Named Among the Best Plastic Surgeons in Boston
Ears normally have a delicate and refined appearance with standard folds and creases. Sometimes, people are born with no ears, malformed ears, or ears that are too prominent, too large, or stick out. As fellowship trained craniofacial and pediatric plastic surgeons, Dr. Taylor and Dr. Sullivan have extensive experience in the complete range of ear surgery and have published some of their experiences with the most complicated ear problems.
Dr. Taylor and Dr. Sullivan can create the delicate structures and a normal appearing ear with less prominence. The otoplasty procedure is also known as ear setback or ear pinning. There are many otoplasty techniques - Dr. Taylor and Dr. Sullivan will customize a treatment plan based on each individual.
Otoplasty can often be performed under local anesthetic for adults or a short outpatient operation for children and teens. The otoplasty procedure is performed through incisions hidden behind the ear. Excess skin is removed and the cartilage is then sculpted and sutured to help create the natural folds, less prominence, and a better contour of the ear.
Long-acting local anesthetic is instilled for post-operative comfort, and the incisions are closed with a combination of dissolving sutures and sutures that can easily and gently slide out one week later.
Dr. Taylor and Dr. Sullivan often work together as a team to perform otoplasty. The operation takes approximately two hours. A soft headwrap is worn for 5 to 7 days, which can help reduce swelling and ease pressure. Patients recover quickly from the procedure and return home on the same day with limited discomfort.
Dr. Taylor and Dr. Sullivan care about your recovery and want to ensure you have a gentle and easy recovery. They will talk to you about when you can expect to return to work and exercise depending on the specifics of what you do. On average, patients have minimal disruption in normal daily activities, take 5 to 7 days off from work, and take two weeks off from exercise. Most patients benefit from wearing a headband at night while sleeping for a few weeks.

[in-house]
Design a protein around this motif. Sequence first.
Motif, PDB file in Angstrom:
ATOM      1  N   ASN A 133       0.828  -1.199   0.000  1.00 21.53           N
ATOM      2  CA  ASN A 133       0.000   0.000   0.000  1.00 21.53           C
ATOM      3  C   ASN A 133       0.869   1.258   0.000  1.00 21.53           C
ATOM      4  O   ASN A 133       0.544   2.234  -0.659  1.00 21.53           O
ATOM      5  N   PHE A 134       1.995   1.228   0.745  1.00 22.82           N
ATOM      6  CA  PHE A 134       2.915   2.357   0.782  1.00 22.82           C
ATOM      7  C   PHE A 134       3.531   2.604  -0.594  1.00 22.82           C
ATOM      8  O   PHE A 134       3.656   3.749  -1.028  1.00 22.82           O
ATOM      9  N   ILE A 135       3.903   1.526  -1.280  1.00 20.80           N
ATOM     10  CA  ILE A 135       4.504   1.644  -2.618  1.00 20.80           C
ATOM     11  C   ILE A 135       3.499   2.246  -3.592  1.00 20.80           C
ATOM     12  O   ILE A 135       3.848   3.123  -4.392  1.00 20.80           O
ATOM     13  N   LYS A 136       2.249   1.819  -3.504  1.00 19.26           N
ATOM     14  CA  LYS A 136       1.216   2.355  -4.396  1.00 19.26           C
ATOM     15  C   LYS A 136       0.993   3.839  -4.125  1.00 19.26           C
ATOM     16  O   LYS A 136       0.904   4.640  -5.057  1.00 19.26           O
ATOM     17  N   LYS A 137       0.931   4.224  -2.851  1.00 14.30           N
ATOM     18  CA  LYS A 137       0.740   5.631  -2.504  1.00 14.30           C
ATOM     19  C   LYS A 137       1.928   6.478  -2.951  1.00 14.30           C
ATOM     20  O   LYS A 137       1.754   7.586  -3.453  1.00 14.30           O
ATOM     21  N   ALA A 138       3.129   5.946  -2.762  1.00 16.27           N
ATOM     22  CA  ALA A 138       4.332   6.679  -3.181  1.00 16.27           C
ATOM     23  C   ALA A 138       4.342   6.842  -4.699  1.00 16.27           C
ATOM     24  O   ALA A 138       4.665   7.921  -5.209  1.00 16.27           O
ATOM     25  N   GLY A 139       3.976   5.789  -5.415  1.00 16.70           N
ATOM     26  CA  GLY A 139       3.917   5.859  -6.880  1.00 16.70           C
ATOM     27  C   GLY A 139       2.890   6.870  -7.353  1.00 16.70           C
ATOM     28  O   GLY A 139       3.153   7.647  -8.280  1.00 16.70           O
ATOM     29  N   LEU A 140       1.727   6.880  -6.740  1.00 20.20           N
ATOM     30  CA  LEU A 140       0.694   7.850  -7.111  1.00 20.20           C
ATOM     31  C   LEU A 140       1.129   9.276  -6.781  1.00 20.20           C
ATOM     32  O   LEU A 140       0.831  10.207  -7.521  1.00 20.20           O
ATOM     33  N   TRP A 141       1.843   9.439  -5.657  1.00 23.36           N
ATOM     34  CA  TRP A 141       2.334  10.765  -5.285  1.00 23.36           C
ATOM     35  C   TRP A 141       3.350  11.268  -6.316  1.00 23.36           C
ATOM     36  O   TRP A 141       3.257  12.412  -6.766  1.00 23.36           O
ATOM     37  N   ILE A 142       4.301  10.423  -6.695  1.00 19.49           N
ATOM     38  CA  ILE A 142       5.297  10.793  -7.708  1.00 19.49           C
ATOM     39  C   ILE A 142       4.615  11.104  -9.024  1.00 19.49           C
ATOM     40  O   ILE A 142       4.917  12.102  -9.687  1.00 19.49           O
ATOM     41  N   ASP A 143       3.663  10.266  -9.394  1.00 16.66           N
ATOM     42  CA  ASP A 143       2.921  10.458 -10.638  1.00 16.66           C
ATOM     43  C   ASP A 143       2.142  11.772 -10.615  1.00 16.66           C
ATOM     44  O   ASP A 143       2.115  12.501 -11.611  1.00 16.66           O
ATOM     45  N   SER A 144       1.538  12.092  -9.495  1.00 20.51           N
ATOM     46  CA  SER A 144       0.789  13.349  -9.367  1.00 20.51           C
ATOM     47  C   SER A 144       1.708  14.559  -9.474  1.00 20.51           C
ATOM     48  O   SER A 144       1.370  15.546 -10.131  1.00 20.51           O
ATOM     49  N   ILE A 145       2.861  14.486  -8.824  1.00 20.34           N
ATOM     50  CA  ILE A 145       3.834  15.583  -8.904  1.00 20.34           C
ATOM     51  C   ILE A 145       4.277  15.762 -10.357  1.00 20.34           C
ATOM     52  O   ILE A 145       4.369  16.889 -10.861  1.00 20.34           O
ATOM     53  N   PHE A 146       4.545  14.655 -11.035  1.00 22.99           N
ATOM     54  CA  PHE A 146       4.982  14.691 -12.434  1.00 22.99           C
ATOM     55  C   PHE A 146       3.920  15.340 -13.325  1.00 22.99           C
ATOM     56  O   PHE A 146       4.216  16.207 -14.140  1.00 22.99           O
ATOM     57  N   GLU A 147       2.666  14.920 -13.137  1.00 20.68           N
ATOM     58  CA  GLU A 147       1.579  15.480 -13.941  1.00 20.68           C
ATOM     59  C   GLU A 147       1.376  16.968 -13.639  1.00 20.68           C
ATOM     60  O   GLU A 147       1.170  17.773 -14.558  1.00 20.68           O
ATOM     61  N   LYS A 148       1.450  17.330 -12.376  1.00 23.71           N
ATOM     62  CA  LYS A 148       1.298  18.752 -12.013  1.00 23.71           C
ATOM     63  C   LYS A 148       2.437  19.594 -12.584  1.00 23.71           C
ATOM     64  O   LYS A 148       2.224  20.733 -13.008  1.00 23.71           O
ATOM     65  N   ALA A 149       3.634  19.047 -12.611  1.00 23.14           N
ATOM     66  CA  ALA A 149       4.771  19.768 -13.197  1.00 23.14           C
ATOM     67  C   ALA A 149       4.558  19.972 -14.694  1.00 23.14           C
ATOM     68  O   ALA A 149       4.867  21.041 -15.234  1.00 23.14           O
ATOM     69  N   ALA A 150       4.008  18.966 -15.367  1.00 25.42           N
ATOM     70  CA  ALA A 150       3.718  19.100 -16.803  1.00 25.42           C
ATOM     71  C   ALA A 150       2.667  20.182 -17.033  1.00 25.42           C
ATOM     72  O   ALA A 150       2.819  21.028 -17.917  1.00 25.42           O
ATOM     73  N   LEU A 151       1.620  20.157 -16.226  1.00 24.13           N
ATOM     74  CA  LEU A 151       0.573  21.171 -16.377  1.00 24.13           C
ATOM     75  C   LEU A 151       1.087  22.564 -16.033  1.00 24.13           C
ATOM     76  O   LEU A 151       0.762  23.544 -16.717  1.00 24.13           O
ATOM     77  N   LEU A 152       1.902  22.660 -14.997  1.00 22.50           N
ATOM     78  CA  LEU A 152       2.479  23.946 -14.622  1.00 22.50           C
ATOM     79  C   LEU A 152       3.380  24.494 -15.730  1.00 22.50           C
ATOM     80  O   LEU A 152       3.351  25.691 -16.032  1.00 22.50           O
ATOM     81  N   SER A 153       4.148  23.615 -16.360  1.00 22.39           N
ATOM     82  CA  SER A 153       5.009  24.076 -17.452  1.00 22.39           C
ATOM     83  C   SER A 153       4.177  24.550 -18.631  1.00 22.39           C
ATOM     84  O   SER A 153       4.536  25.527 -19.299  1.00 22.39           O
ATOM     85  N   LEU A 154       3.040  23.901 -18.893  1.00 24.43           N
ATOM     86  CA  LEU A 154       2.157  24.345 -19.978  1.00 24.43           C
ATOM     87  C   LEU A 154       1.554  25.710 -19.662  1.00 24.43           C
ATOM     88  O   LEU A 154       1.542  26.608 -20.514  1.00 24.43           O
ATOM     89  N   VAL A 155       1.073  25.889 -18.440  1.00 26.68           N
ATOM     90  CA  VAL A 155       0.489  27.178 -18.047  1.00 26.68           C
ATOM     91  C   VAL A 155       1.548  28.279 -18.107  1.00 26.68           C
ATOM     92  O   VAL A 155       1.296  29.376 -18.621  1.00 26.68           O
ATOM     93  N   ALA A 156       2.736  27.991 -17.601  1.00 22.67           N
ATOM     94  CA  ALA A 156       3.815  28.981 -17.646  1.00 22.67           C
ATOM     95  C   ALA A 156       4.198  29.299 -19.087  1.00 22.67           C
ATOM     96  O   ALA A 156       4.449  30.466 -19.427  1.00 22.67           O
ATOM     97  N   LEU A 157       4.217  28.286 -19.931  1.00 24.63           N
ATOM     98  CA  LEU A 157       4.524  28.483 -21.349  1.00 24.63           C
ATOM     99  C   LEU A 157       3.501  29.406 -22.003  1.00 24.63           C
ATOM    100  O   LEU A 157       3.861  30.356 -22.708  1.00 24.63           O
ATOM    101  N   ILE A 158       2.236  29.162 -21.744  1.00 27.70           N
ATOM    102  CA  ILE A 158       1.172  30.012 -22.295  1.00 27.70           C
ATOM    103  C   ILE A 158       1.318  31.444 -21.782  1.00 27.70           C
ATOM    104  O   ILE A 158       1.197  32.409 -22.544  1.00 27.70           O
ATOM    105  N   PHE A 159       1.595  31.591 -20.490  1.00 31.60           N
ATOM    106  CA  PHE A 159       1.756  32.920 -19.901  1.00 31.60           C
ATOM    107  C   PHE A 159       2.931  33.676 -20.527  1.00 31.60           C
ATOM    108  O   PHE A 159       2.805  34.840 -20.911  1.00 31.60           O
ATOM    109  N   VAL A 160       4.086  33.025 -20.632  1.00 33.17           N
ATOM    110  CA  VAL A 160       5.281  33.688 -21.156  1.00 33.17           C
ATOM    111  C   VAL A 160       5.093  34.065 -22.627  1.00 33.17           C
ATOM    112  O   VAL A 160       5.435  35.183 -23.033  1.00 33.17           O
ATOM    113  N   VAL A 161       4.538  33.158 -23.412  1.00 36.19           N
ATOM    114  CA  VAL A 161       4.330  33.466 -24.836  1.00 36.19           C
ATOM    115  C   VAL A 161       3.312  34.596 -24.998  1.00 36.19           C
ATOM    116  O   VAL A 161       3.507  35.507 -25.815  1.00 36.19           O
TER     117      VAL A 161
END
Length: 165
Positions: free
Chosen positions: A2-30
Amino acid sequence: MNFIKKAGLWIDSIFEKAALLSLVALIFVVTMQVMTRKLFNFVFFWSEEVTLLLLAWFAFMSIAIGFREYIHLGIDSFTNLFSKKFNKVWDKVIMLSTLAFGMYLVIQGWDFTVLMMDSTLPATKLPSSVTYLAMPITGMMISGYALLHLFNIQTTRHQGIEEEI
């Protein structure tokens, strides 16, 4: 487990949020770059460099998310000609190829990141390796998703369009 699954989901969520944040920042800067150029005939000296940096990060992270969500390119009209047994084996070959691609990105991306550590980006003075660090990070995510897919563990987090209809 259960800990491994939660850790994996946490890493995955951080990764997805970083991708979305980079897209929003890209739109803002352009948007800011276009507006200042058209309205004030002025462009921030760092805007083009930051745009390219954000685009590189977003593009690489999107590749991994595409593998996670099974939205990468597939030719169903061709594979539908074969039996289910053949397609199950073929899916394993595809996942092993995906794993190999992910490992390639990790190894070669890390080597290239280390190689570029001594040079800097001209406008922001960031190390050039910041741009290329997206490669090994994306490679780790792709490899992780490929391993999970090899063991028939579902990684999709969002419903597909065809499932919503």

The earlobe can become split due to trauma, slow migration of earrings, or dilation of earlobes with ear gauges. These changes can be carefully repaired to restore the normal fullness and curve of the earlobe. Some patients may want to pierce their ears again several weeks after they have healed from the procedure.
Earlobe repair is performed gently and requires only local anesthetic in the office. There is little to no pain or discomfort and most patients use only Tylenol and Ibuprofen postoperatively. Patients have little to no disruption in their schedule with work, exercise or activities. The procedure takes approximately 30 minutes and requires no bandages or dressings. Sutures are removed 7 to 10 days later.
Ears can also be rebuilt or created using rib cartilage. Other common causes for ear surgery are traumatic injuries or skin cancer. Traumatic injuries can range from cuts or split ear lobes from earrings to ear amputations. Skin and cartilage and requires removal and delicate reconstruction for cure.
One of the most technically difficult and demanding operations is this example of ear replant, published by Dr. Sullivan and Dr. Taylor in the New England Journal of Medicine. Fewer than fifty successful operations such as this have been reported around the world. Dr. Taylor and Dr. Sullivan successfully restored this patient's ear after a dog bit injury. The ear and the blood vessels were reattached using super microsurgery and a high powered microscope. The leech, seen in the middle image, was necessary to reduce venous congestion while the body restored blood flow. On the far right, the ear is seen several months later with a normal appearance.
Ear piercings can sometimes develop into large scars, known as keloid scars. The scars can grow quite large like a tumor. These tumors can be treated with steroids and removal. Dr. Taylor and Dr. Sullivan use a Dermojet to instill steroids into the keloid and do not need to use a needle. Over time, the keloid can soften and flatten and then be removed to restore the natural appearance of the earlobe.
This patient has squamous cell carcinoma skin cancer on the ear. The cancer was resected and the ear reconstructed with a postauricular flap. On the right, the ear is seen several weeks later with a normal appearance and cancer cured.
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To schedule a private consultation with Dr. Taylor or Dr. Sullivan, please call the office or request an appointment using our form. We welcome your visit and your questions.
300 Mount Auburn St. Ste 304, Cambridge, MA 02138